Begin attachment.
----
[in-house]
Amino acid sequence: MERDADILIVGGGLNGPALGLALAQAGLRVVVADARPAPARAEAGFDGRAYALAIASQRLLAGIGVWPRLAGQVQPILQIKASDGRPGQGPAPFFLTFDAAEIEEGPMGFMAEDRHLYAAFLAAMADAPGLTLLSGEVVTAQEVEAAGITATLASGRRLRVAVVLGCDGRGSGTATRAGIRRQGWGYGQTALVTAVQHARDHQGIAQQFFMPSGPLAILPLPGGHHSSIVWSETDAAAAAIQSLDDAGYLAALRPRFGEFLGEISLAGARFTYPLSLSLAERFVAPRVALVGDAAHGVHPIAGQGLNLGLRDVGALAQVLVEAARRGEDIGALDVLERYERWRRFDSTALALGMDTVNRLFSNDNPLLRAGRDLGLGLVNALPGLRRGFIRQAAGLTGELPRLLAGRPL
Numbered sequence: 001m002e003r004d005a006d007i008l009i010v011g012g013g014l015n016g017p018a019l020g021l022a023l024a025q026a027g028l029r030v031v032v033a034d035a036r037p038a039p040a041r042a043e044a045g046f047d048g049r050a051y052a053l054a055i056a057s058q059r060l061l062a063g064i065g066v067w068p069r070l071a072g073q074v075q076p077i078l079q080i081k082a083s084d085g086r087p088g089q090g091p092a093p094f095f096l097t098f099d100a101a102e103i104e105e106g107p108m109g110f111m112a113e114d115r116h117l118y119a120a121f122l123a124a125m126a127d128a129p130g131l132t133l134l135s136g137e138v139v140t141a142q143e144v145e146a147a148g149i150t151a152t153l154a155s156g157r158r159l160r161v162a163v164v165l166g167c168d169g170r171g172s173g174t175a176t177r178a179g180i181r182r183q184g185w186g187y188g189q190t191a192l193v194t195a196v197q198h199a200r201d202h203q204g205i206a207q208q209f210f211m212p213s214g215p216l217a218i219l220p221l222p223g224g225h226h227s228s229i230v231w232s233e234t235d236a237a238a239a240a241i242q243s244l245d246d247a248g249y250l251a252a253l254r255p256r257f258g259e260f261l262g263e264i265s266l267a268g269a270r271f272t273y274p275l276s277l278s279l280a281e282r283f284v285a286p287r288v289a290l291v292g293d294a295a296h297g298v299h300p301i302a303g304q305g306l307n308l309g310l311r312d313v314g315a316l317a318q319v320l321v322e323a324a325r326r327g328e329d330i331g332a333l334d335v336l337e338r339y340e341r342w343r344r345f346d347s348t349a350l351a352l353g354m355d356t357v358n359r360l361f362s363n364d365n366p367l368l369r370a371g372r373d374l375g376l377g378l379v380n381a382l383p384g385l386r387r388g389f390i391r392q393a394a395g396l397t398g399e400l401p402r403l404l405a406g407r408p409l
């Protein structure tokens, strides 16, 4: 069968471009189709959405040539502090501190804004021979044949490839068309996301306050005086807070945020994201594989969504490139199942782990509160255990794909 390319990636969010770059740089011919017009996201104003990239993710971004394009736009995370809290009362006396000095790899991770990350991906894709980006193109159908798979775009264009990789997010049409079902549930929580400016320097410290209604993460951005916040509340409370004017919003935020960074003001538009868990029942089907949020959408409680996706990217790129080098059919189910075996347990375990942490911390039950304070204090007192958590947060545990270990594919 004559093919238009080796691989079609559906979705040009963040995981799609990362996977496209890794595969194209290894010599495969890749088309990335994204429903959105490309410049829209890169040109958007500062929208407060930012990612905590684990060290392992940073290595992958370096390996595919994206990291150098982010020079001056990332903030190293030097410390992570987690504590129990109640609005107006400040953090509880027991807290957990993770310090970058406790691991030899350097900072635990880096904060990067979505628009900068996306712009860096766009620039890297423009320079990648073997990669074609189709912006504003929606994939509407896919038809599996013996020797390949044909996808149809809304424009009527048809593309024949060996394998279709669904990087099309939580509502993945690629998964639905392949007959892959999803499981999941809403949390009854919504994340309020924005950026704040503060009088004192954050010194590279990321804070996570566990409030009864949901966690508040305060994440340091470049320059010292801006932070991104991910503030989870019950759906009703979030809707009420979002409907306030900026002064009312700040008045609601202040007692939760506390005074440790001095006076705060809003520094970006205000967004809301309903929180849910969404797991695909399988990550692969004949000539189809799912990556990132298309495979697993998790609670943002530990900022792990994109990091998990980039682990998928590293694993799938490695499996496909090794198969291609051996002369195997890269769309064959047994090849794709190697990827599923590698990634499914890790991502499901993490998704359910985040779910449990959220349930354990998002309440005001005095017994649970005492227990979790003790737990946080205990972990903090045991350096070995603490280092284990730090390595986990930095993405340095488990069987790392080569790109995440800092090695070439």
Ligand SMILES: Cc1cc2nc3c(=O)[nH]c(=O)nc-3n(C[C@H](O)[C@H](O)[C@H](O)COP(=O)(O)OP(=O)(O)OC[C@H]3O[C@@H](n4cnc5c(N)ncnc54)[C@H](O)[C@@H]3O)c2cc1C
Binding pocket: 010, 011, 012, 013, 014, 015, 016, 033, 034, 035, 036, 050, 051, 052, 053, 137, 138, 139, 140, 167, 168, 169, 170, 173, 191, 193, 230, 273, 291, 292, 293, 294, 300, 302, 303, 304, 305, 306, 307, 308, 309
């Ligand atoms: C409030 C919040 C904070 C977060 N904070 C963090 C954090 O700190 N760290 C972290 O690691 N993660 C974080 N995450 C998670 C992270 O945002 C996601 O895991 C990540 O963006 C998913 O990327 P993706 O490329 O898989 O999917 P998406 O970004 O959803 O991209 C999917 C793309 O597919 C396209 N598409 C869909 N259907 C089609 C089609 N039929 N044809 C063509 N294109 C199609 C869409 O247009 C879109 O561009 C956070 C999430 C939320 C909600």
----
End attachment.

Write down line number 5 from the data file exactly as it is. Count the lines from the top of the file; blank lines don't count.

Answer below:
Ligand SMILES: Cc1cc2nc3c(=O)[nH]c(=O)nc-3n(C[C@H](O)[C@H](O)[C@H](O)COP(=O)(O)OP(=O)(O)OC[C@H]3O[C@@H](n4cnc5c(N)ncnc54)[C@H](O)[C@@H]3O)c2cc1C